Biomarkers must go through three evidentiary stages in order to achieve complete acceptance according to regulatory guidelines: exploratory, probable valid, and known valid or fit-for-purpose. Validation is a multi-step process and not all-or-nothing, it may, therefore, vary during drug development as new information and data become available.
There are a range of technologies and methodologies presently being used to study and discover new biomarkers.
Proteomic methods use technologies like protein microarray and mass spectrometry to analyze many proteins at once. The post-translational state of proteins are monitored and can yield important biomarkers and indicate tumor progression.
Genomic methods measure DNA/RNA expression or characteristics that might indicate normal biologic or pathogenic processes, and/or the response to a specific therapeutic or intervention. This is done via the northern blot (or RNA blot), gene expression techniques, a transcriptome technique known as SAGE, DNA microarray measurements, and PCR testing.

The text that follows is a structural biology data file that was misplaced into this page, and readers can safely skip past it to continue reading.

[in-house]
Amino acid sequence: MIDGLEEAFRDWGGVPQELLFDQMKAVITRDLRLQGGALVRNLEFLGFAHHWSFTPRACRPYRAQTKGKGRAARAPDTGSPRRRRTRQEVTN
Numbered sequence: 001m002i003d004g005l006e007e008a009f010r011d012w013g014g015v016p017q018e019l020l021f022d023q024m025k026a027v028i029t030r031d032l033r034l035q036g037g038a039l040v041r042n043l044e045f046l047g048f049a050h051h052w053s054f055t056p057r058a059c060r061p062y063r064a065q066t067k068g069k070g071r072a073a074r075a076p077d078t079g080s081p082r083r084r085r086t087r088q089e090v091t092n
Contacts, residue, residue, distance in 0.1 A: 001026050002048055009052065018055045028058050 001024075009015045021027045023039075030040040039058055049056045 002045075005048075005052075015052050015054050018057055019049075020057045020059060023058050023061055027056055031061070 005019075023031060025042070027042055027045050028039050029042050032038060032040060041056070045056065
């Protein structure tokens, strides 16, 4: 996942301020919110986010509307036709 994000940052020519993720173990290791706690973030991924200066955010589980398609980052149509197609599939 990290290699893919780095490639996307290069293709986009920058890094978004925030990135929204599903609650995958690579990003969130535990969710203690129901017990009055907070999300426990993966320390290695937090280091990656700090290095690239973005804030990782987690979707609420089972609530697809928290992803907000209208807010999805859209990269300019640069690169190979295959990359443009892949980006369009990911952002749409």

Metabolomic methods aim to analyze the metabolic markers of a disease or metabolic responses to drugs or diseases, for example, blood-glucose strips for diabetes testing. Other systems such as high-resolution nuclear magnetic resonance spectroscopy (NMR) and mass spectrometry (MS), and additional analytical techniques may also be used.
Machine learning methods apply computational approaches for biomarker discovery, particularly around classification and feature selection. In one recent example, researchers trained a machine learning algorithm to analyze the blood vessels around a tumor using only a non-invasive CT scan. The AI-calculated biomarker predicted how lung cancer patients would respond to immunotherapy.
New and innovative technologies will continue to enhance biomarker discovery automation and validation for clinical use. These advancements make possible the earlier-stage diagnosis of diseases and can mitigate late-stage disease progression.
Want to learn more about the function and advancement of biomarker discovery? Check out VeriSIM Life’s article on Biomarker Discovery: Function and Advancement.